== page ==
The Conscious CreativeDec 01, 2021
How do you define creativity?
For me, it’s simply the act of bringing something into the world that didn’t previously exist. A bird building a nest, a plant bearing fruit, a volcano spewing ash and lava—all are creative acts.
We witness creative activity throughout nature and the cosmos. Human beings, however, can bring something novel to their creative endeavors—consciousness. You and I can be creative on purpose.
This matters. It matters a lot.
That you and I can explicitly employ our creativity on, with, and for a purpose has an implicit responsibility attached to it. Creatives break things. Things are as they are, and then the creative brings forth something new. Suddenly what was is no longer what is.
And that can be a good thing. Deliberately destroying by design is how the conscious creatives make things better.
Conscious creatives have developed better products, businesses, and services, of course. Being creative on purpose has also inspired people to craft better art, communities, and causes.
How can you bring greater consciousness to your creative enterprises? Here are a few ideas that leap to mind.
Awareness - This is the very definition of consciousness. You must first see and accept your power as a creative.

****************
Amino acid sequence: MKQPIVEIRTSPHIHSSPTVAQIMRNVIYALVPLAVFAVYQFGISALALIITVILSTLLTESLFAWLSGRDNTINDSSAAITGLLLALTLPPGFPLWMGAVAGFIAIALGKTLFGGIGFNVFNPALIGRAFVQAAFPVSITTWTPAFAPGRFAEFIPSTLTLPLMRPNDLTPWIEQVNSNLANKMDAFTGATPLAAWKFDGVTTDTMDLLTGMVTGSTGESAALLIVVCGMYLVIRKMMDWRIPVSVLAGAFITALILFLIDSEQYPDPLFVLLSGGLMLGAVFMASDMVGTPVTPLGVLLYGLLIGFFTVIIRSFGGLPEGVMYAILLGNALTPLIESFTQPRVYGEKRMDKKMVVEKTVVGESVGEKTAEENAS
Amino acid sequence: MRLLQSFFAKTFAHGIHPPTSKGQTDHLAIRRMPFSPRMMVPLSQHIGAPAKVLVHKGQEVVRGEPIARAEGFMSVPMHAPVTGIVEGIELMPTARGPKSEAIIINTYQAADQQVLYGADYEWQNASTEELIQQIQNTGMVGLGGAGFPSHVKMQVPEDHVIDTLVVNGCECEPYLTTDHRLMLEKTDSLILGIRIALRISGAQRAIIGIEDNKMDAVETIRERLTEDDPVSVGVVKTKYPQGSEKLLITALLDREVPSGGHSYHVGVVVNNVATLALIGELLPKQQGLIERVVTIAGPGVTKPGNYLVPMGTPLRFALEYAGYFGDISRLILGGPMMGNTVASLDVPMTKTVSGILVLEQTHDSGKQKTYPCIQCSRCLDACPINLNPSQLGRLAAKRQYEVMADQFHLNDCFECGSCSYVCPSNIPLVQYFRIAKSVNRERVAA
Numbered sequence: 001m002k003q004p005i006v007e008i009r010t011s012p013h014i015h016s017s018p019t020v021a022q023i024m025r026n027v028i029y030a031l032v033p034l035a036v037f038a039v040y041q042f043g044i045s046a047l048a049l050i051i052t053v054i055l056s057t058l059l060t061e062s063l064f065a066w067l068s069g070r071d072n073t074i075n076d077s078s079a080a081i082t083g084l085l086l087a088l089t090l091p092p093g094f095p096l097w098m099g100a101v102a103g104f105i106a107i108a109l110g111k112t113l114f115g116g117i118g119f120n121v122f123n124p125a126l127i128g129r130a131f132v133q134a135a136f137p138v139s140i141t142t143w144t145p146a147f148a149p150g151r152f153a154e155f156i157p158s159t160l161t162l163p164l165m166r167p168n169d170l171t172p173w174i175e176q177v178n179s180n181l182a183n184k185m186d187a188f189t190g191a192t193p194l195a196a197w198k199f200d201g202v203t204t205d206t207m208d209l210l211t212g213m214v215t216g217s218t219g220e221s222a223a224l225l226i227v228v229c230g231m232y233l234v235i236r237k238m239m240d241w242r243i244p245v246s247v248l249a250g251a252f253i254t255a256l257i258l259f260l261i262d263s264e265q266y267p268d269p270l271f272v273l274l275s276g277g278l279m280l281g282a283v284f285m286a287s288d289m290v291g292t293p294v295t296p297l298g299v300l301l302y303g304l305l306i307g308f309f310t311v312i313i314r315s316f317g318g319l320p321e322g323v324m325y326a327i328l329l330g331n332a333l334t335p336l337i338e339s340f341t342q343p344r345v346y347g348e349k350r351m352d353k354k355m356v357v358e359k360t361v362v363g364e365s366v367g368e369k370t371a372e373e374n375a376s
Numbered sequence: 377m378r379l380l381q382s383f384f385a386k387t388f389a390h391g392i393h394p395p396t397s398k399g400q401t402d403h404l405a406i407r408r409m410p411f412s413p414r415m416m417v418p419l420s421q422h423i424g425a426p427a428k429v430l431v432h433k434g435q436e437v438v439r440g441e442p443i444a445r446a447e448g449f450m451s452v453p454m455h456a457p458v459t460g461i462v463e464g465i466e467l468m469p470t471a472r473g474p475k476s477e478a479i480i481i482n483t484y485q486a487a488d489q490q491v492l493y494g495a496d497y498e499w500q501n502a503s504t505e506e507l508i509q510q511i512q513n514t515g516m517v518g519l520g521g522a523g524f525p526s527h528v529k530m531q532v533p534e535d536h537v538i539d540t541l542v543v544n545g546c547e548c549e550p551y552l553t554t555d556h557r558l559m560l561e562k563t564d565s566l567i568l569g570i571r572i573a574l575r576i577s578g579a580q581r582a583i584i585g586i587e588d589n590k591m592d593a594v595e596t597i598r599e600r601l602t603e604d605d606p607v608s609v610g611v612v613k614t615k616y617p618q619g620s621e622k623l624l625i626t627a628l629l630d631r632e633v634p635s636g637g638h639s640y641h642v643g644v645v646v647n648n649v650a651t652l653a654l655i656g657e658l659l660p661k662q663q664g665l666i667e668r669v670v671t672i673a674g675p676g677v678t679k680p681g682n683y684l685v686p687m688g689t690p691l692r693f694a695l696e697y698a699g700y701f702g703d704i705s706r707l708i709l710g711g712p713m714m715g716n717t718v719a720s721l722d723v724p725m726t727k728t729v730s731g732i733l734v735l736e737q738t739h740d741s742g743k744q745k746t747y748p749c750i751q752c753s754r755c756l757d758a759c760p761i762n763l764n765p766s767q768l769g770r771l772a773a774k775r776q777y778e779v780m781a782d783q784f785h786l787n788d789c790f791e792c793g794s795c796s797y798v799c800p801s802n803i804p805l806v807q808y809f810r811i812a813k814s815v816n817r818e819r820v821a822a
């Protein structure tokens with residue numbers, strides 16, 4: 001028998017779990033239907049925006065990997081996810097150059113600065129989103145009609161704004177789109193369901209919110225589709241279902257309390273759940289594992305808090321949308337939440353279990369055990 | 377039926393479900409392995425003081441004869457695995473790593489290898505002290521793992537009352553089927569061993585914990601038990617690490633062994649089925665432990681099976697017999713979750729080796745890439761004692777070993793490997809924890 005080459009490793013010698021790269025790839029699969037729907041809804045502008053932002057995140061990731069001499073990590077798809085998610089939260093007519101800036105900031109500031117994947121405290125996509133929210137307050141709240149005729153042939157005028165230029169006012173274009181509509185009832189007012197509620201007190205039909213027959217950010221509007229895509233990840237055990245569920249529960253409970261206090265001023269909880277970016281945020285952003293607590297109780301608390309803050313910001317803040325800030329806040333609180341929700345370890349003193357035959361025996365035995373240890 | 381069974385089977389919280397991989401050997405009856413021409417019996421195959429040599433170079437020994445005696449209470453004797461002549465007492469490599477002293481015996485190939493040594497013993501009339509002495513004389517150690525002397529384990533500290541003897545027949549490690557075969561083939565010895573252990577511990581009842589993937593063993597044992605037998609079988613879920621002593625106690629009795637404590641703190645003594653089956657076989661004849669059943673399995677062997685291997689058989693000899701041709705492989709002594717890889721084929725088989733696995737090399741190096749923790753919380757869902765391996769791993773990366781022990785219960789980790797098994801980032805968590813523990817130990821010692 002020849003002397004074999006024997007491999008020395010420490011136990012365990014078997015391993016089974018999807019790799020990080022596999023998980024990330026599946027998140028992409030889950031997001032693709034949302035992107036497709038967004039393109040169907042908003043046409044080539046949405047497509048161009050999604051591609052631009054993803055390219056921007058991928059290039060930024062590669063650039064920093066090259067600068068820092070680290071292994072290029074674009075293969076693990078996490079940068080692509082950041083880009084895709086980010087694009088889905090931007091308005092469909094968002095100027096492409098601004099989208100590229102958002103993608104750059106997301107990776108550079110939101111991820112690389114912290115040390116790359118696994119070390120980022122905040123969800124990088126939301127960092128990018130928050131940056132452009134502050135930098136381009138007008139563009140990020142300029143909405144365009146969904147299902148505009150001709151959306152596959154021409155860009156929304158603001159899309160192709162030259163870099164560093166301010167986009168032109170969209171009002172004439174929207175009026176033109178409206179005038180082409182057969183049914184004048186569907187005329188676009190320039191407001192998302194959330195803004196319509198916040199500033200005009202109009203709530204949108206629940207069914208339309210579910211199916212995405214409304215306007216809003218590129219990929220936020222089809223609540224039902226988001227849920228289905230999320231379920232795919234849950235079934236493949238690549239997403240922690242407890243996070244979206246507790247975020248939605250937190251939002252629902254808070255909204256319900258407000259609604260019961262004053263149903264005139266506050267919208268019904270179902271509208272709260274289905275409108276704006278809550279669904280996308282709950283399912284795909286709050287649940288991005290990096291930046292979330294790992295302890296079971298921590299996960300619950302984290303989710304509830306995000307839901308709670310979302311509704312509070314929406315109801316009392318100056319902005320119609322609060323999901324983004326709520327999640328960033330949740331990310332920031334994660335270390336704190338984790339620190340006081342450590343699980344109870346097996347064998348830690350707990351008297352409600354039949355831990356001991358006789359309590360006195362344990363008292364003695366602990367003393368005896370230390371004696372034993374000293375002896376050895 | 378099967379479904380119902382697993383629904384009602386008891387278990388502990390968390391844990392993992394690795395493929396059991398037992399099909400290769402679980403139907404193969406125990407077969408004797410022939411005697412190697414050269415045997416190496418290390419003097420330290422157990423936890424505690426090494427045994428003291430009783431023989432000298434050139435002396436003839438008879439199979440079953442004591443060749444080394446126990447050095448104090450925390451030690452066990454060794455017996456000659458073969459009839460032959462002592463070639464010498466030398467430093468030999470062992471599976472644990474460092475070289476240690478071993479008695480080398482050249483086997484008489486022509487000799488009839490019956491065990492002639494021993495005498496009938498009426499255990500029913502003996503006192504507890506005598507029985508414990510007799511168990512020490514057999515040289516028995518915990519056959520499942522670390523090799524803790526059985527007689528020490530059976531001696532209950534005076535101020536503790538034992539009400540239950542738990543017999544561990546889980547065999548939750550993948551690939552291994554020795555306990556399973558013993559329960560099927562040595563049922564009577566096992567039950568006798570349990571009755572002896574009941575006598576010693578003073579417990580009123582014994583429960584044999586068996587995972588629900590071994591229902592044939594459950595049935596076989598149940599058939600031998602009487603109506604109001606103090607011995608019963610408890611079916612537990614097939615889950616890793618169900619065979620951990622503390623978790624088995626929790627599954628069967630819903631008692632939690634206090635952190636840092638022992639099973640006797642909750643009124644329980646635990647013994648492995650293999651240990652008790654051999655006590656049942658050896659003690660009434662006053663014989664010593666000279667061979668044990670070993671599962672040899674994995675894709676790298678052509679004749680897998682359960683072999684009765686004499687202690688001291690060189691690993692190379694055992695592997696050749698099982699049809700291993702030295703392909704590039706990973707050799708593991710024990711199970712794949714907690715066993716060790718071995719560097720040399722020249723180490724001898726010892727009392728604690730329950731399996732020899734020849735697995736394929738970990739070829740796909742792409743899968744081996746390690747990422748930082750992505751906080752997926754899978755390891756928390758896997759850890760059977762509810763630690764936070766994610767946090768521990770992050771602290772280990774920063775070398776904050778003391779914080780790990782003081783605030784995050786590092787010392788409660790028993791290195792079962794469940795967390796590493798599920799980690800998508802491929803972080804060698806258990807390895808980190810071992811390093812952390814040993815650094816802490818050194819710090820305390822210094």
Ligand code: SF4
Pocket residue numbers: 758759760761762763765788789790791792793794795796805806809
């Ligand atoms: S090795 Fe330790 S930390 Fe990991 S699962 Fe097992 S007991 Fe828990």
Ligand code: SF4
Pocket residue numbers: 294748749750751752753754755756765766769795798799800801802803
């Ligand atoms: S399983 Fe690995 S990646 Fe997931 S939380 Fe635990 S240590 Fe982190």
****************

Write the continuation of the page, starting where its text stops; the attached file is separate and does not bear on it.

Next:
Attention - Along with time and energy, one of your most precious resources. What you pay attention to tells us everything we need to know about who you are.
Trust - A creative’s most precious asset. Earning others’ trust begins when you trust yourself and your process.
Permission - Creativity is always collaborative. You can’t create meaningful change for the better without consensus.
Enrollment - Making things better isn’t a destination. It’s a process. Everyone involved must be enrolled in the journey.
Investment - You can’t think or learn your way into a better way of being. Everyone involved must have skin in the game and be willing to do the real work.
What is the creative endeavor in which are you engaged? How can you bring a little more conscious creativity to that effort today?
Scott Perry, Chief Difference-Maker at Creative on Purpose.
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